IBM union: Layoffs could hit 16,000 by year's end

IBM's job cuts, in most cases, appear incremental and regular

There's always a little bit of stealth to IBM's workforce reductions. Layoffs are usually scattered across the country and in numbers small enough to avoid triggering state and federal mass layoff notification laws. And so it was this week, as IBM cut employees from its Global Business Services unit.

IBM never comments on its cuts, the size or locations. It never says anything more about the reason for its reductions than it did today, in a note sent via a spokesman: "IBM is constantly managing resources as client demands evolve across a base of nearly 400,000 employees."

This means that the best information on IBM's workforce reduction in the U.S. come from two sources: The company's own annual report, which shows the year-to-year changes in its U.S. workforce, and the Alliance@IBM.

The Alliance says it has counted about 184 employees who have been laid off in the most recent round of cuts, based on employee information packets it received so far. But it believes the number exceeds that, according to Lee Conrad, the union's national coordinator.

In January, Conrad estimated that as many as 16,000 employees may be cut this year and it's standing by that figure. Based on its count so far, at least 10,000 employees have already been culled from the workforce because of the recession and offshoring.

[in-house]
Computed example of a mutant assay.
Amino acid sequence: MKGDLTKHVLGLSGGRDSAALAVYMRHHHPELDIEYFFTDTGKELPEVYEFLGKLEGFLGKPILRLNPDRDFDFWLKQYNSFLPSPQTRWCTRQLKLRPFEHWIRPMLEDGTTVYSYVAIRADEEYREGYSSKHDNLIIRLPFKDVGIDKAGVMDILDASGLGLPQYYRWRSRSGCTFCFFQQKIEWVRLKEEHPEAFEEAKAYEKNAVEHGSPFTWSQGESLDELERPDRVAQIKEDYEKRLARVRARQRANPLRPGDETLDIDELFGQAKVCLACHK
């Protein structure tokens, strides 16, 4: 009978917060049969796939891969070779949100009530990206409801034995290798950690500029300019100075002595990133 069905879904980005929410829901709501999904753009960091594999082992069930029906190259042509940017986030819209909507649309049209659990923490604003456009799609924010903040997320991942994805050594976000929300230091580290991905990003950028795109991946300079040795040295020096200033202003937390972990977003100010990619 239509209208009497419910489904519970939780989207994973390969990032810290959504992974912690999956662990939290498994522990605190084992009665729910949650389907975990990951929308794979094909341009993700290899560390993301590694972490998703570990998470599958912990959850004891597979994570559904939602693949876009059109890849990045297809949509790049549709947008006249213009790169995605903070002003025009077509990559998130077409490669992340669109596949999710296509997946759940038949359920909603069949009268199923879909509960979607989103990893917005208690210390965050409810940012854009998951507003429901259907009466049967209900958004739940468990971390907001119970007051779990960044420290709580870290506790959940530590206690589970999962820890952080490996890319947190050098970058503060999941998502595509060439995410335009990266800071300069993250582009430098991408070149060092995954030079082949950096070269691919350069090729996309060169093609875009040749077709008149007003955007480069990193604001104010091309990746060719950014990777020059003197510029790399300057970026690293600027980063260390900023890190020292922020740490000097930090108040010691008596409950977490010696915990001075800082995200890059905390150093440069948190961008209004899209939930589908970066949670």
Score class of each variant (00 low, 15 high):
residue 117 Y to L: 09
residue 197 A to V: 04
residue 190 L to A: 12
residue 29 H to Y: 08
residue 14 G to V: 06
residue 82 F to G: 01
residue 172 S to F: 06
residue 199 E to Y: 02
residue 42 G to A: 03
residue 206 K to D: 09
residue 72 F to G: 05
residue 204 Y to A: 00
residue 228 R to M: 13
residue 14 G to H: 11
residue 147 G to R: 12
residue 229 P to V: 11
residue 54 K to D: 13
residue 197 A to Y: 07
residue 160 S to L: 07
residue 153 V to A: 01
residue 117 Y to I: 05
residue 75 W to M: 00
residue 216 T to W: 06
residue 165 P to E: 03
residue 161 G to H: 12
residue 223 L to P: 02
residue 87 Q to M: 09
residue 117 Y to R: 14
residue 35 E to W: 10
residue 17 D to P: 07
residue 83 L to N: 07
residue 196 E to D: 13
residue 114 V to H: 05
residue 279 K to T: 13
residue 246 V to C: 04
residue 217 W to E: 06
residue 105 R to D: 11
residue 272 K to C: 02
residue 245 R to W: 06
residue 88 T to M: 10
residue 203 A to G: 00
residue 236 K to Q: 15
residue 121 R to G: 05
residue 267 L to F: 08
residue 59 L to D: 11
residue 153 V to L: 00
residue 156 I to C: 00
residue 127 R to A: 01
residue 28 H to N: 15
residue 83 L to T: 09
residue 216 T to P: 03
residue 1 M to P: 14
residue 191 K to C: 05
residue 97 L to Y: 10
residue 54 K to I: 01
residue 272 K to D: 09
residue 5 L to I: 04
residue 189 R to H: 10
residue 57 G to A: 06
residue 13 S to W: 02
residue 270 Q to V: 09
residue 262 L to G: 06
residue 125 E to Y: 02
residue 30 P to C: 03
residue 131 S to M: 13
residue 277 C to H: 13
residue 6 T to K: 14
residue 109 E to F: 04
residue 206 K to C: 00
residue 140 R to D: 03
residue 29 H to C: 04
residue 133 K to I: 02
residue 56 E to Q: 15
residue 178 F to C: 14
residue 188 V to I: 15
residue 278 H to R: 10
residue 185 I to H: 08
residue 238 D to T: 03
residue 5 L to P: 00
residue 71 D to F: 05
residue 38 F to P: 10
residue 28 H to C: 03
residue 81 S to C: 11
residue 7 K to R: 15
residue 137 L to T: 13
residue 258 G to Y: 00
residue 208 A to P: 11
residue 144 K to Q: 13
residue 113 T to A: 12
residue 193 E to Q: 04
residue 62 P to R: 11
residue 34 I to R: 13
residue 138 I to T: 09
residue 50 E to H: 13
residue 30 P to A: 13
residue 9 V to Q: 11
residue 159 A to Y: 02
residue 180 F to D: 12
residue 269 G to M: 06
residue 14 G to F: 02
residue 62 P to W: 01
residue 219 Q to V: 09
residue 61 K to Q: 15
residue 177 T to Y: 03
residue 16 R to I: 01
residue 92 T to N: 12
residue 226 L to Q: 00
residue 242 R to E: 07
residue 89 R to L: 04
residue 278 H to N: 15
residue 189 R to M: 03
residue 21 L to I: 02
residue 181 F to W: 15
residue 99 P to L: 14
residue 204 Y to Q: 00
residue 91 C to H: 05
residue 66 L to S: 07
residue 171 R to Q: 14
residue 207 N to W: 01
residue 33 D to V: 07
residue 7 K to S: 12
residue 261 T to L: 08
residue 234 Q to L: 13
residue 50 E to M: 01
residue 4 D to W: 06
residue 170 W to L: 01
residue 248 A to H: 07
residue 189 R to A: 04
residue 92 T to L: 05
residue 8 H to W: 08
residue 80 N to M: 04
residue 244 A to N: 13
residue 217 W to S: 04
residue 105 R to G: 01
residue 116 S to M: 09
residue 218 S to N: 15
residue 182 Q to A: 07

"It is not right that IBM continues to keep job cut numbers, locations and divisions secret," said Conrad in an email. "IBM needs to come clean on how many jobs are being terminated as the work is offshored. We call for full transparency." The Alliance@IBM is a Communications Workers of America local that doesn't have enough members to gain official recognition as a bargaining unit.

IBM's annual report, which is due out next winter, will likely sum up the net impact of the company's shrinking U.S. workforce. In 2006, IBM employed 127,000 in the U.S; in 2007, 121,000; and last year, 115,000. Meanwhile, its employment in India, Brazil and other nations has been increasing.

Laid-off employees receive a 30-plus page package that includes what appears to be IBM's standard severance package. The last few pages of these packets usually include a listing of the job title being cut, employee ages and the number of people at a particular age. For instance, "SR Managing Consultant (MGR) 36(1), 37(1), 47(1), 53(1), 57(1), and 59(1). Or Assoc Partner Sales, Mgmt Auth 35(2), 37(1), 38(3), 39(1), 41(1), 46(2), 47(1), 48(1), 49(1), 52(3), 53(1), 55(1), and 56(1)."

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Patrick Thibodeau

Computerworld (US)
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